The analysis of the costs included the study drug (PR nicotinic acid) and the treatment of complications (angina, myocardial infarction and CHD death). The costs of statins were not included as they were common to both strategies. The drug costs were based on public prices. Resources used and costs for coronary complications were derived from published studies. The price year was 2004 and the costs were in euros (EUR). An annual discount rate of 3% was used.
Analysis of uncertainty:
A deterministic univariate sensitivity analysis was undertaken to assess the impact of variations on key model inputs such as treatment effectiveness, cost of coronary complications, discount rates, age of starting treatment and gender distribution of the population. The authors arbitrarily set the ranges of values used. A further simulation was performed in which the whole population had additional risk factors (i.e. smoking, diabetes, or both).
The LYs were 11.99 with statin monotherapy and 12.16 with statin plus PR nicotinic acid. The expected costs were EUR 30,522 with statin monotherapy and EUR 34,111 with statin plus PR nicotinic acid.
Incremental cost-effectiveness ratios (ICERs; i.e. the incremental cost per LY gained) were calculated in order to combine the costs and benefits. The ICER with statin plus PR nicotinic acid over statin monotherapy was EUR 20,645, a figure that is usually considered affordable in western Europe.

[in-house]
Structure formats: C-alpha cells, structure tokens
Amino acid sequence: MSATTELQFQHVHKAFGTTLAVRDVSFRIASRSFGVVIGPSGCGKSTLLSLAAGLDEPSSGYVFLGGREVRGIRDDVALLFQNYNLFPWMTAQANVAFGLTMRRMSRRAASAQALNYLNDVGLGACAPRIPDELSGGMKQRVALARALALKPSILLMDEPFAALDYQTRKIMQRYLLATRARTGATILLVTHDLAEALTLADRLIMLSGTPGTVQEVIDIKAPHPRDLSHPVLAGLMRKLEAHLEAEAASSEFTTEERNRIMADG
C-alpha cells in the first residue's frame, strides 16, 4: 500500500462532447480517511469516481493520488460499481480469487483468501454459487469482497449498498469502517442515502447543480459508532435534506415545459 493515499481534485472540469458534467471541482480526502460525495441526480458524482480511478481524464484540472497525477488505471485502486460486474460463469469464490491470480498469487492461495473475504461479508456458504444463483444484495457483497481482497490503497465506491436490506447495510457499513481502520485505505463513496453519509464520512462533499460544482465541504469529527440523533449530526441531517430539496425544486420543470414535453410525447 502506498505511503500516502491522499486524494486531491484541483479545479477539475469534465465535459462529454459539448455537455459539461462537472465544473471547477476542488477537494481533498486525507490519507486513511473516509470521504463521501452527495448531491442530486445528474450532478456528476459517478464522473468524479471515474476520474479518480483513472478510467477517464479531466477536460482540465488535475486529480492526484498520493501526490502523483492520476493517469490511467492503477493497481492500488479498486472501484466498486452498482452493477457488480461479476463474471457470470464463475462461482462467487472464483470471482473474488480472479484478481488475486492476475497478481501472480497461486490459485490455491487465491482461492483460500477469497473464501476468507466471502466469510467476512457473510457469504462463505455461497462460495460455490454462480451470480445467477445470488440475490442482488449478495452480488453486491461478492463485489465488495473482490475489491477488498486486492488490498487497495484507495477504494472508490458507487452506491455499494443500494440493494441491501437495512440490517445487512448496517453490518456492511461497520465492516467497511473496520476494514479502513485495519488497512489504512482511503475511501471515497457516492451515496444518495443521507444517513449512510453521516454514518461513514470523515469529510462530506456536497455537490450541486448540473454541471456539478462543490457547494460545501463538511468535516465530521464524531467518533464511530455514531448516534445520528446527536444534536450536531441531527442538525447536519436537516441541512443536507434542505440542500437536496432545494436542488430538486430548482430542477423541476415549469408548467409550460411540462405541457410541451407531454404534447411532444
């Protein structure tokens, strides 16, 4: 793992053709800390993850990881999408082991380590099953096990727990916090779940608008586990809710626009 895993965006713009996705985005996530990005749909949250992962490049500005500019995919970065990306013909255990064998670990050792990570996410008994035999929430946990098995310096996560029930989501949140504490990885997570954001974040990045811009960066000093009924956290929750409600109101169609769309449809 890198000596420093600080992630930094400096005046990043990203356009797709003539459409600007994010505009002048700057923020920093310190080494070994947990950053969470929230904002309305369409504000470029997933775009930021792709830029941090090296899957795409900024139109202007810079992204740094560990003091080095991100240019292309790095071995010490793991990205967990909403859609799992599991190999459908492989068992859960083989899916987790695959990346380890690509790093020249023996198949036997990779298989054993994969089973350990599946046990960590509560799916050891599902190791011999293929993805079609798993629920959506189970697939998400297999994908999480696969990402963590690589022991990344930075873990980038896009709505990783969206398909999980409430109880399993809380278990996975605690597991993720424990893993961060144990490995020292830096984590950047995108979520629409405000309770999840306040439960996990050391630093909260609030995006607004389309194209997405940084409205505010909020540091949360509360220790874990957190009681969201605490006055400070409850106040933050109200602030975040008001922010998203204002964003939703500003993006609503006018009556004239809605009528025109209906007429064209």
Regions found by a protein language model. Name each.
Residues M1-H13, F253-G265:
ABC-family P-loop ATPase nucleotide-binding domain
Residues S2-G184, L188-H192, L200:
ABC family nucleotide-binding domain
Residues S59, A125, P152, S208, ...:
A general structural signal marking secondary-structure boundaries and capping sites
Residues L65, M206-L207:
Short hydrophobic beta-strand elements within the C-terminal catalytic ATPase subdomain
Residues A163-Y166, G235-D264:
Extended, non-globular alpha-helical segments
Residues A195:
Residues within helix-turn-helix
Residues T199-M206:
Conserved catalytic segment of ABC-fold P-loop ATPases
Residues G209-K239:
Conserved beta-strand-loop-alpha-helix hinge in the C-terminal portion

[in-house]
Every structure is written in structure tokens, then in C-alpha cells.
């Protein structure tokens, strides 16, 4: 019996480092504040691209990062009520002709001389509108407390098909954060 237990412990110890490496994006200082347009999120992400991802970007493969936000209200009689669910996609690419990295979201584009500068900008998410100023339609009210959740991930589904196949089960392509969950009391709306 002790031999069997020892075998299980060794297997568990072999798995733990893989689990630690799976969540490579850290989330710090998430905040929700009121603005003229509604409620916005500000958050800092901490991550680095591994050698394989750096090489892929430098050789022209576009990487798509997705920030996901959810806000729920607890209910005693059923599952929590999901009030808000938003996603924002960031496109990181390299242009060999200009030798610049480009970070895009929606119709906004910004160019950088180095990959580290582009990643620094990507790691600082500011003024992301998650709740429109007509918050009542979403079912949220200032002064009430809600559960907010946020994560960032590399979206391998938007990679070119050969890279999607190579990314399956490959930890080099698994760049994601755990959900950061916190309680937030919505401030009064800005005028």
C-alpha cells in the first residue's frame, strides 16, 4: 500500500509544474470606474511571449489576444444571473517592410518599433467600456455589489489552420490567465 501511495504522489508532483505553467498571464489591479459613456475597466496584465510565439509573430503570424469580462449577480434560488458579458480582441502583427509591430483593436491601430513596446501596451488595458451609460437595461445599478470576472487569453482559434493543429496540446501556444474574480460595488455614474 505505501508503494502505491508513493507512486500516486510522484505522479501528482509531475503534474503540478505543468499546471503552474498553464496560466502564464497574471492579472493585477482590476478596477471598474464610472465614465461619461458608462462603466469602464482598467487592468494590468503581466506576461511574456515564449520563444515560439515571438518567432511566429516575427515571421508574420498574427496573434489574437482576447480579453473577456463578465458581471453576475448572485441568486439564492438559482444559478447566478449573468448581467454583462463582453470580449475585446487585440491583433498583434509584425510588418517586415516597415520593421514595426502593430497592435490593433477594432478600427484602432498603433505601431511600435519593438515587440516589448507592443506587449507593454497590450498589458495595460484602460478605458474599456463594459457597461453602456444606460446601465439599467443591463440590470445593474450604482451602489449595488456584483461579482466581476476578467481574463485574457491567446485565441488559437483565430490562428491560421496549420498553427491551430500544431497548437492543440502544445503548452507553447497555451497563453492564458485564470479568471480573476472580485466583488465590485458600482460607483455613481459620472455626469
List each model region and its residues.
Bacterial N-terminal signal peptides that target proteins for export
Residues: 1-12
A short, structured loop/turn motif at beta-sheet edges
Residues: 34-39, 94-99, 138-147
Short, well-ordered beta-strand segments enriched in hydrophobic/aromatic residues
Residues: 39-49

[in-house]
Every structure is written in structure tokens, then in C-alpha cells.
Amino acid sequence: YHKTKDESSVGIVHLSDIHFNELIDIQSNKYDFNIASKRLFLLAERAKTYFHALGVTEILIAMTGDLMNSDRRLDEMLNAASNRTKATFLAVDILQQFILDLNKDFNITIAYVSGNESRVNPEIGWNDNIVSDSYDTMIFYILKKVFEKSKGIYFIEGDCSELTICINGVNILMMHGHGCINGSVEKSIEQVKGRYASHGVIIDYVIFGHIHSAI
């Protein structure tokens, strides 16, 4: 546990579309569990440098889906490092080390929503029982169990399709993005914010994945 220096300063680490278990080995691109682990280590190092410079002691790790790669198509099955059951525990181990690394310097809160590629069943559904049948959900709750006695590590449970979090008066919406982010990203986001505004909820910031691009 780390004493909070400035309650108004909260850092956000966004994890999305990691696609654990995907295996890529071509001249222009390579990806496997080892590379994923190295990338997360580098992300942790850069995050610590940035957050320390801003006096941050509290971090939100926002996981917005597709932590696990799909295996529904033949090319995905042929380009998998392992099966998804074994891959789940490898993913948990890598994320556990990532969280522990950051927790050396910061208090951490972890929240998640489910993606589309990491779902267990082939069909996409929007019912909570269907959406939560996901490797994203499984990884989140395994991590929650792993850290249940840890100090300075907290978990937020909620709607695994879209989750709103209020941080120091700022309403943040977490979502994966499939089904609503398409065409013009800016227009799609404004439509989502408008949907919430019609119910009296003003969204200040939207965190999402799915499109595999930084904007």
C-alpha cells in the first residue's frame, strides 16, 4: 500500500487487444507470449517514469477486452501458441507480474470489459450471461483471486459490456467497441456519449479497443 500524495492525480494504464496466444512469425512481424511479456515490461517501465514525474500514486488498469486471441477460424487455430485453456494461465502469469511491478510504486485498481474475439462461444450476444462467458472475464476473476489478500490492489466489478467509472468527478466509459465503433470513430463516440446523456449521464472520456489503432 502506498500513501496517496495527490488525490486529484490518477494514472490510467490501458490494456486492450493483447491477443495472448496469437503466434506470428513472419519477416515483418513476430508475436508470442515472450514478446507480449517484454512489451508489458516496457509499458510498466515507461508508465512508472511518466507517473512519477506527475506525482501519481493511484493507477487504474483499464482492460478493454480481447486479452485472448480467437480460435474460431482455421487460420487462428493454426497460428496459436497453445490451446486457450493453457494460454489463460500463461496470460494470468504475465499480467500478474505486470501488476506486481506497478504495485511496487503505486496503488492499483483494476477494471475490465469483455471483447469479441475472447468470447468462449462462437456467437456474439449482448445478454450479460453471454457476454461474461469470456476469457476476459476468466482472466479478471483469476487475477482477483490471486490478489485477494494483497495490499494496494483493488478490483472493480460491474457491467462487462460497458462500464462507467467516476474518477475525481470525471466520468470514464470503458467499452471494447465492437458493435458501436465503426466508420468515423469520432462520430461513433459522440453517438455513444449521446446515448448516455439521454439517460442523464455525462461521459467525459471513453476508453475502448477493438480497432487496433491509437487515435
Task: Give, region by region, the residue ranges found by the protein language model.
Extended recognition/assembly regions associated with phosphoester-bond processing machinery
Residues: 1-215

The sensitivity analysis showed the robustness of the base-case findings. The ICER was more favourable in diabetic patients or smokers (EUR 16,076 if all patients had diabetes and EUR 15,712 if all patients were smokers with diabetes).
The authors concluded that a strategy of raising HDL-C by adding PR nicotinic acid to statin therapy in CHD patients was a cost-effective secondary prevention strategy in France. This strategy was even more cost-effective in patients with Type 2 diabetes or in smokers.
The rationale for the choice of the two strategies was clear. Statin monotherapy was considered the basic comparator and is likely to represent the relevant default strategy in several settings. The authors justified the choice of excluding other potential second-line treatments, such as ezetimibe, as they were found to be less cost-effective in a preliminary analysis.
The authors did not state whether the primary studies were identified through a systematic review of the literature. The key study used to obtain data on treatment efficacy was a randomised clinical trial, which was appropriate given the robustness of this design and the high internal validity. However, the authors used the basic characteristics of the patient population enrolled in this trial to populate the decision model, which can reduce the external validity of the study. To address this issue the authors conducted some alternative analyses, making some changes in the baseline characteristics of these patients, and this represents a strength of the study. The long-term data were derived from US data, although using standard equations. The authors acknowledged that this represents a limitation of the analysis, as not all US clinical data can be transferred to France; they attempted to deal with this issue in the sensitivity analysis.